At this point most people feeling they have exhausted all their local resources. However, this is not the case. Remember it was said that even the general books on a subject would prove useful? Here’s how. Most, if not all, of the books you have looked through have a listing of bibliographies in the back. Read through the bibliographies and write down the information listed there on any books that sound like they would add to your research.

Take this bibliographic information to your library’s interlibrary loan office (ILL). Ask the librarians there to show you how to fill out an ILL request form for the books. The ILL librarians search other libraries to see who may have the books you are interested in, and then borrows the books so that you may check them out. In some cases, there may be a small fee attached, depending upon the rarity of the book or the library involved. Please realize that it can take time to find and get books through this process. Be patient. Also realize that sometimes a library will not be able to locate a particular book at another library.

Another method to locate additional books is to check in Books in Print and British Books in Print. All libraries have at least one if not both. These are volumes of listings of books currently in print in the US and/or Britain, organized by author, title, and subject, just like the card catalog. These books can also be requested through interlibrary loan or ordered from your local bookstore. Additionally, Books in Print will list the publishers' address for a particular book, and you can purchase it directly from the publisher.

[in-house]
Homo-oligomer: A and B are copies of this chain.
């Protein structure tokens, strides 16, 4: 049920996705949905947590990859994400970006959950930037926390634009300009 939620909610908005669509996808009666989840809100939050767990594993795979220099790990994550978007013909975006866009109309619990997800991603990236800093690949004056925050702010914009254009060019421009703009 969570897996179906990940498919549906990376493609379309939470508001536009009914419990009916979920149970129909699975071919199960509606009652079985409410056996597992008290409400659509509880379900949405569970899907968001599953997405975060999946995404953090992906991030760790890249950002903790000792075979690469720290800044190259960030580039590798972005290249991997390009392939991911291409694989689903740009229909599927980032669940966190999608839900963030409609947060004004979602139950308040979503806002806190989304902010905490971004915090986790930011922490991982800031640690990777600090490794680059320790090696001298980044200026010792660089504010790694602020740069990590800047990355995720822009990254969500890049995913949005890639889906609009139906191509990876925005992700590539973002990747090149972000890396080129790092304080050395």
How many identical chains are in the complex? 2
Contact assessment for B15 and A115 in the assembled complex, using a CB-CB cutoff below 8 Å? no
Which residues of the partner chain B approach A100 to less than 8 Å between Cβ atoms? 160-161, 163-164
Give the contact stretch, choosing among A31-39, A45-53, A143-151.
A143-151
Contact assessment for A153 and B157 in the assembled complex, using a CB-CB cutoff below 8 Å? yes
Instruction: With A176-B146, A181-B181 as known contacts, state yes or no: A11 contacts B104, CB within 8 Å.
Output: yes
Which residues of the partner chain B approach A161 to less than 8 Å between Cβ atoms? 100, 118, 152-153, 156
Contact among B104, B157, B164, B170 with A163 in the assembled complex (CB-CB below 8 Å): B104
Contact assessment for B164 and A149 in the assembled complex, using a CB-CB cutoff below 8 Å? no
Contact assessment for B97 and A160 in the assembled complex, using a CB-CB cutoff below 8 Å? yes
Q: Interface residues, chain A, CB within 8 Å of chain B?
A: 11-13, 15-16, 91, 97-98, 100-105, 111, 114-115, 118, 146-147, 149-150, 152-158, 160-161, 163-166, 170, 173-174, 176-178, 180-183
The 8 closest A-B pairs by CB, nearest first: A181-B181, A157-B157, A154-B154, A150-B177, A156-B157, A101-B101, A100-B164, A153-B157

While doing you research, don’t forget the magazines. Many libraries subscribe to a large number of publications that are useful. Amongst them are Speculum: the Journal of the American Society of Medieval Archaeologists, Archaeology, and Antiquities. Also, most libraries have the Reader's Guide to Periodical Literature. This is the magazine equivalent to the Book in Print listing. (Feel free to ask your librarian for assistance, if needed.) Magazine articles can be ordered through interlibrary loan just like books, but there may be a photocopy fee. If there is, you get to keep the photocopies.